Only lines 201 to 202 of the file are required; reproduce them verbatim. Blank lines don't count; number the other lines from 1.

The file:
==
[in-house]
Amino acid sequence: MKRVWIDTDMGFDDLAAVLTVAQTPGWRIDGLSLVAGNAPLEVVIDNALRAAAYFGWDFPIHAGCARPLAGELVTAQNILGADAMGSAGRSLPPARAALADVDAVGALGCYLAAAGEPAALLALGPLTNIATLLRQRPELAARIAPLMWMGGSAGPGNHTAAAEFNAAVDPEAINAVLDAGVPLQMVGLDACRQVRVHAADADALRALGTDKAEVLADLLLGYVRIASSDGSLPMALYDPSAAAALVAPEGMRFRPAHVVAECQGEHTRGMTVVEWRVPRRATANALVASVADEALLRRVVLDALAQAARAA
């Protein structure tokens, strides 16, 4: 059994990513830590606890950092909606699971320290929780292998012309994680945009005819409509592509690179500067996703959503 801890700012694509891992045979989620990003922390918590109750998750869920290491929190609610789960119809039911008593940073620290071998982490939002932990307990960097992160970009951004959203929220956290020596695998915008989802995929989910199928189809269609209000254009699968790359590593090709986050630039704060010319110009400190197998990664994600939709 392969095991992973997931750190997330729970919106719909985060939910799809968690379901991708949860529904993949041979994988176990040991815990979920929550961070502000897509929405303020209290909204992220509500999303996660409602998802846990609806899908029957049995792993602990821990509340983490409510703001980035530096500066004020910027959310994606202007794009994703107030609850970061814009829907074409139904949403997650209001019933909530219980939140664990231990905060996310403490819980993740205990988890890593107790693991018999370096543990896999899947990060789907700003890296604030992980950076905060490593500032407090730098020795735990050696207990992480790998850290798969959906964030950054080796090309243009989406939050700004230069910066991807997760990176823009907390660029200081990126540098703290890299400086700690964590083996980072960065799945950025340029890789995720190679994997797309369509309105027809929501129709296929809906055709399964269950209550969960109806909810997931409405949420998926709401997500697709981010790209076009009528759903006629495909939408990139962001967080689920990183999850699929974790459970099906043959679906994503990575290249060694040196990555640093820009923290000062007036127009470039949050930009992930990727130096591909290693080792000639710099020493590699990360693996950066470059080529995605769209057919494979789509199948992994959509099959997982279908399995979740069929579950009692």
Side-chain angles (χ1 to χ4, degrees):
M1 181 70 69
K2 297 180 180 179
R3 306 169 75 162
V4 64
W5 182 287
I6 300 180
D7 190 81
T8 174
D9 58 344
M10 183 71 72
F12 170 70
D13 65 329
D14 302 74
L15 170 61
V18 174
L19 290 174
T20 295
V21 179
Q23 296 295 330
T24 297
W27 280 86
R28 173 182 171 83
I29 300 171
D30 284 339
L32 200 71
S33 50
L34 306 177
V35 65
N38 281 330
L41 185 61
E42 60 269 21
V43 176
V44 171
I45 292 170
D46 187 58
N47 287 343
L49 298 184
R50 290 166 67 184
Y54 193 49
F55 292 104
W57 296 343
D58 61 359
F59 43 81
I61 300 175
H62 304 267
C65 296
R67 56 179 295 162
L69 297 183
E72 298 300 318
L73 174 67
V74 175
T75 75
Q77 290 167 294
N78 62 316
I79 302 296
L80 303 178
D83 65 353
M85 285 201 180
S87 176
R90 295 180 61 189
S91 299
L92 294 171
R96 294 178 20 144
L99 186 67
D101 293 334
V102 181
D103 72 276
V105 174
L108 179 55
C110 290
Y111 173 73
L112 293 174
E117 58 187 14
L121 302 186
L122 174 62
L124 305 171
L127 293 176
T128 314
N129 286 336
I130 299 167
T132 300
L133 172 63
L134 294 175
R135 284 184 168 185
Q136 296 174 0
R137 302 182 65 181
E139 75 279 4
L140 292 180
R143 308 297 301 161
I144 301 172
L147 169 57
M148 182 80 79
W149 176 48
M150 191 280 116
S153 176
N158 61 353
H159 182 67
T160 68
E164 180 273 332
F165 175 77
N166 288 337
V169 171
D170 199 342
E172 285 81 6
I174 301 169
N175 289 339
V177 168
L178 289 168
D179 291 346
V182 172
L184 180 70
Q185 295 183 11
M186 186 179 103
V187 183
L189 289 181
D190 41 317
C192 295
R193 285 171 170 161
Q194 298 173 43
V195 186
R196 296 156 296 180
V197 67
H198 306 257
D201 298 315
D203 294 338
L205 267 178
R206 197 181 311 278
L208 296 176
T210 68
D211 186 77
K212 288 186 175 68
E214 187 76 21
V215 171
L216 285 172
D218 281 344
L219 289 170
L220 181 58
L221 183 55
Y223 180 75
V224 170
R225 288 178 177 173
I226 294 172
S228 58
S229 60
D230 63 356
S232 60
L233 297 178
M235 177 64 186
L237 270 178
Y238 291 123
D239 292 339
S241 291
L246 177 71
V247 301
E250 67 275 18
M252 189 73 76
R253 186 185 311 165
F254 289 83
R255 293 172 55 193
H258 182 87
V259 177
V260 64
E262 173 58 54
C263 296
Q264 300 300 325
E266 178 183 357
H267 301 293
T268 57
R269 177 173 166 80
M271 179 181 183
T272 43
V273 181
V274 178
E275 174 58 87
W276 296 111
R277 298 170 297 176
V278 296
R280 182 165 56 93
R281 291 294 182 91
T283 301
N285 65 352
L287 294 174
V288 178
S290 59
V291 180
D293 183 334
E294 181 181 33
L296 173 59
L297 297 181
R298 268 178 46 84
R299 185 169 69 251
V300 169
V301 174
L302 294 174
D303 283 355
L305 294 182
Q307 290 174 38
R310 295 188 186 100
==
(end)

Q307 290 174 38
R310 295 188 186 100